The Earliest Records of Jesus: A Companion to the Synopsis of the First Three Gospels

The Earliest Records of Jesus: A Companion to the Synopsis of the First Three Gospels

The Earliest Records of Jesus: A Companion to the Synopsis of the First Three Gospels

The Earliest Records of Jesus: A Companion to the Synopsis of the First Three Gospels

Excerpt

I The Making of the Synoptic Gospels and their Relationship to One Another

No attempt will be made here to offer a general discussion of the manifold and complex problems which are involved in the relationships between the Gospels of Matthew, Mark and Luke. For this, the reader is referred to the general text-books of Introduction to the New Testament and to the Introductions to the major commentaries. The paragraphs which follow represent nothing more than a summary statement of the writers' own views on the main questions.

1. All the Gospels are anonymous documents, and nothing is known of the authors. The traditional names attached to them are second-century guesses. If we continue to speak of them by the names of Matthew, Mark, Luke and John, it is simply for the sake of convenience.

2. The Gospels are in a large degree products of the Christian community, and the materials which they employ took shape in the usage of the over a period of from thirty to a hundred years before being committed to writing. Short collections of storm and sayings may have been in circulation during the first generation of the Church, but there was no connected account of the ministry of Jesus. The writers of our Gospels constructed them out of materials which had been handed down in fragmentary fashion. Nevertheless, their work was not one of mere compilation. By the selection and arrangement of their inherited materials, and by the exercise of a limited liberty of interpretation, they have made personal contributions of no small importance to the portrait of Jesus which they have transmitted to us.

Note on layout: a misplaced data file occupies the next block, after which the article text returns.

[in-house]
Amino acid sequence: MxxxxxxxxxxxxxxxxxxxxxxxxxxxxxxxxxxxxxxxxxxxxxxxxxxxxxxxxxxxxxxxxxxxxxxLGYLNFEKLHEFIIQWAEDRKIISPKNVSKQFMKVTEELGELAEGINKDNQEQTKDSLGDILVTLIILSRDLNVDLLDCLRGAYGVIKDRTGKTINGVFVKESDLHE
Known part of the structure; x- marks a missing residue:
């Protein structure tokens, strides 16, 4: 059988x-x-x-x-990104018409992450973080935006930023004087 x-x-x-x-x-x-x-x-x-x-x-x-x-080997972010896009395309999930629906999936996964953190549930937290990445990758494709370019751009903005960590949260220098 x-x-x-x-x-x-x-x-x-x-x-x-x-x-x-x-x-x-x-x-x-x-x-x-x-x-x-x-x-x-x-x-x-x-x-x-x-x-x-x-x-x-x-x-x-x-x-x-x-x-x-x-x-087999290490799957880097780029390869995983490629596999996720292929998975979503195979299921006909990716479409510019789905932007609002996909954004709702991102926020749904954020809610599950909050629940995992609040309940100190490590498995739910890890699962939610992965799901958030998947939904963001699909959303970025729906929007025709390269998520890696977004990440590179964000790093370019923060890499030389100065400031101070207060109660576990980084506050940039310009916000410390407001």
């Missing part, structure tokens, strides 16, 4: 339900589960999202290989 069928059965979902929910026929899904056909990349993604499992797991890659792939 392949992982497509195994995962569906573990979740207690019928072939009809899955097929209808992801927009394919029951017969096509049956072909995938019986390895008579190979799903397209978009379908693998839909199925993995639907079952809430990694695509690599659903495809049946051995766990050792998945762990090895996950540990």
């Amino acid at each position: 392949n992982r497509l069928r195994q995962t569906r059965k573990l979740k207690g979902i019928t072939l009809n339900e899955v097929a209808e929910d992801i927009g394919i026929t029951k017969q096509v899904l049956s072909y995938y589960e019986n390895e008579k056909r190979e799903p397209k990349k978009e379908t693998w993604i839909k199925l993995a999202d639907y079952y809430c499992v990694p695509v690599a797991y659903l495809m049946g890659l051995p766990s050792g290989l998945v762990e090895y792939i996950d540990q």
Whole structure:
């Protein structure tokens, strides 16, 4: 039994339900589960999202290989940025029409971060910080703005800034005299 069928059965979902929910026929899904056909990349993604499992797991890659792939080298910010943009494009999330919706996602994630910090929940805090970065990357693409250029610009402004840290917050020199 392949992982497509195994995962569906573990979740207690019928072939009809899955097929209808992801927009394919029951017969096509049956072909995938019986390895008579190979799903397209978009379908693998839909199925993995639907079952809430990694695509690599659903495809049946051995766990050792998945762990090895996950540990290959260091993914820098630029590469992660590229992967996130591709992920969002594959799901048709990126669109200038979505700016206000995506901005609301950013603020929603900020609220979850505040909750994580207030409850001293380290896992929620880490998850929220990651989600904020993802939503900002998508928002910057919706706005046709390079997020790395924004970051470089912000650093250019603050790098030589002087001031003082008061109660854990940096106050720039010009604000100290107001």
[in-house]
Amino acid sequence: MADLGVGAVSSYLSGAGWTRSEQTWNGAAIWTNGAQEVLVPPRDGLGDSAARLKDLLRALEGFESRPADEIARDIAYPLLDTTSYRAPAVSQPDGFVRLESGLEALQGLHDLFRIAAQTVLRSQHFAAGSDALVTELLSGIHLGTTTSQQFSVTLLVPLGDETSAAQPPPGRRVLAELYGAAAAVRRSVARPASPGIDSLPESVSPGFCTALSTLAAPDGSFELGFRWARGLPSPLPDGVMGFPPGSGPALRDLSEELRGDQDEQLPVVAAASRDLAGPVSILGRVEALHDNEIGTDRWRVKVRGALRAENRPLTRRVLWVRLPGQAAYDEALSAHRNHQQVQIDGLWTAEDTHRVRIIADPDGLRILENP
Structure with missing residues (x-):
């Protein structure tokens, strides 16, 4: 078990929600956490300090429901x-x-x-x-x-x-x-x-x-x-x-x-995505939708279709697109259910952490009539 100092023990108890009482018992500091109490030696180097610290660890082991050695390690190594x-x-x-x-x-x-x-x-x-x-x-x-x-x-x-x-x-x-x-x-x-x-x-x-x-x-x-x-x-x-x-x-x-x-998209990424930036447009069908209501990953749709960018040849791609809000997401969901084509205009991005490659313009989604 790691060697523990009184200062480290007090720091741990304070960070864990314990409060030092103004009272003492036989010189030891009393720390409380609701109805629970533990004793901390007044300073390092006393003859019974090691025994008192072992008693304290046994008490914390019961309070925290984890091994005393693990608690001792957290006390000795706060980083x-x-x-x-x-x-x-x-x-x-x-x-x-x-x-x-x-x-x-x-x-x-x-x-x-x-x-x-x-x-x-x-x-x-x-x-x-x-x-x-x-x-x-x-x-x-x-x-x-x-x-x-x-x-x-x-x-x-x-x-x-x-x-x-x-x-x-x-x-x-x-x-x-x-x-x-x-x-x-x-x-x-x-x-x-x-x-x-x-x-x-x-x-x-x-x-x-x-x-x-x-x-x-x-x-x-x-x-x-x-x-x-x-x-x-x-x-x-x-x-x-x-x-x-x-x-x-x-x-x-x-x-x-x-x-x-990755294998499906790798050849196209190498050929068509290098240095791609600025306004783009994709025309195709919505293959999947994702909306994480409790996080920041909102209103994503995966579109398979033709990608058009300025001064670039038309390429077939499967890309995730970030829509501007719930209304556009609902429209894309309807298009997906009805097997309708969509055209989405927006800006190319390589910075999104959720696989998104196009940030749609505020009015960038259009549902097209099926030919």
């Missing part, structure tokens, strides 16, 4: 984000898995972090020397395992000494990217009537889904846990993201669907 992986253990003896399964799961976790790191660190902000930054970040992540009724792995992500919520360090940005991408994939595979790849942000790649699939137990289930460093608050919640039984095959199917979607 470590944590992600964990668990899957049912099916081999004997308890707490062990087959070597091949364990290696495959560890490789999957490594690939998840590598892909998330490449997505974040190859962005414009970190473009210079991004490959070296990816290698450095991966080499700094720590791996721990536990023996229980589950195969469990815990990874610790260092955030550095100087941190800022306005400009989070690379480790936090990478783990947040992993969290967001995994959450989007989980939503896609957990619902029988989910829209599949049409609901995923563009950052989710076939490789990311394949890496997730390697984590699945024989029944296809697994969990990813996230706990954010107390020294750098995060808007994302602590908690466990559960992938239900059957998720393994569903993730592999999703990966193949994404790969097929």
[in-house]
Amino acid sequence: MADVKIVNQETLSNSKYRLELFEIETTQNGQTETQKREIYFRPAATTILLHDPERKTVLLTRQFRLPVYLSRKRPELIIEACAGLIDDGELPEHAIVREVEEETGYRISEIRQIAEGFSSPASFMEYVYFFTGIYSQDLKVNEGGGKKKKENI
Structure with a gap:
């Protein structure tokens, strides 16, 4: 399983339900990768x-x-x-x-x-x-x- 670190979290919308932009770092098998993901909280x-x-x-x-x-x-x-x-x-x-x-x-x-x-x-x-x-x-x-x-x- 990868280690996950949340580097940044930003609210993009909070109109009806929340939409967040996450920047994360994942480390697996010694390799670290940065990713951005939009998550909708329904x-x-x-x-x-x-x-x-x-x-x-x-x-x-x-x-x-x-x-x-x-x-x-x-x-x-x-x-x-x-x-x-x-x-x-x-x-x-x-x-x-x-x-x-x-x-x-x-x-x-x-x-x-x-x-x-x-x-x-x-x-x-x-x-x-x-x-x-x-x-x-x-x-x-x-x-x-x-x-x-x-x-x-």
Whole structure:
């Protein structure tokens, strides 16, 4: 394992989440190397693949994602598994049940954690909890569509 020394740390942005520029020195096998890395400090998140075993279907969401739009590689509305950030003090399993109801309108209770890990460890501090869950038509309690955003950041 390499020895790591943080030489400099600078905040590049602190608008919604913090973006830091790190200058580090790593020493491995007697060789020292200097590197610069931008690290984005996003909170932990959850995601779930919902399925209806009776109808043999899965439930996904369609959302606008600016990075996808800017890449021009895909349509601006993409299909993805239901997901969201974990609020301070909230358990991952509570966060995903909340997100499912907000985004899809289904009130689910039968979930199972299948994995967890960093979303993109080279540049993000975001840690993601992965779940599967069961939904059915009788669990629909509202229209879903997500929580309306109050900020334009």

3. The Gospel according to St. Mark does not stand in any particularly close relationship to St. Peter, and there are no solid grounds for holding to the account of Papias that Mark was the interpreter of Peter, and that we have in this Gospel essentially the reminiscences of the Prince of the Apostles as transmitted by his closest associate, almost his private secretary. On the contrary, it has been made abundantly evident that the materials employed in this Gospel have passed through a complicated process of transmission in the Gentile churches of the first Christian generation. They may best be regarded as the deposit of the tradition concerning Jesus as it was held in the Roman church about A.D. 70. The ultimate sources of this tradition were many and varied, and its diverse elements came to Rome through many channels. St. Peter certainly contributed something to the body of tradition available to Mark. Not only was he one of the principal bearers of the tradition from the very beginning, but he almost certainly laboured in Rome before his death, and suffered martyrdom there in the time of Nero. But the Gospel as a whole is not . . .

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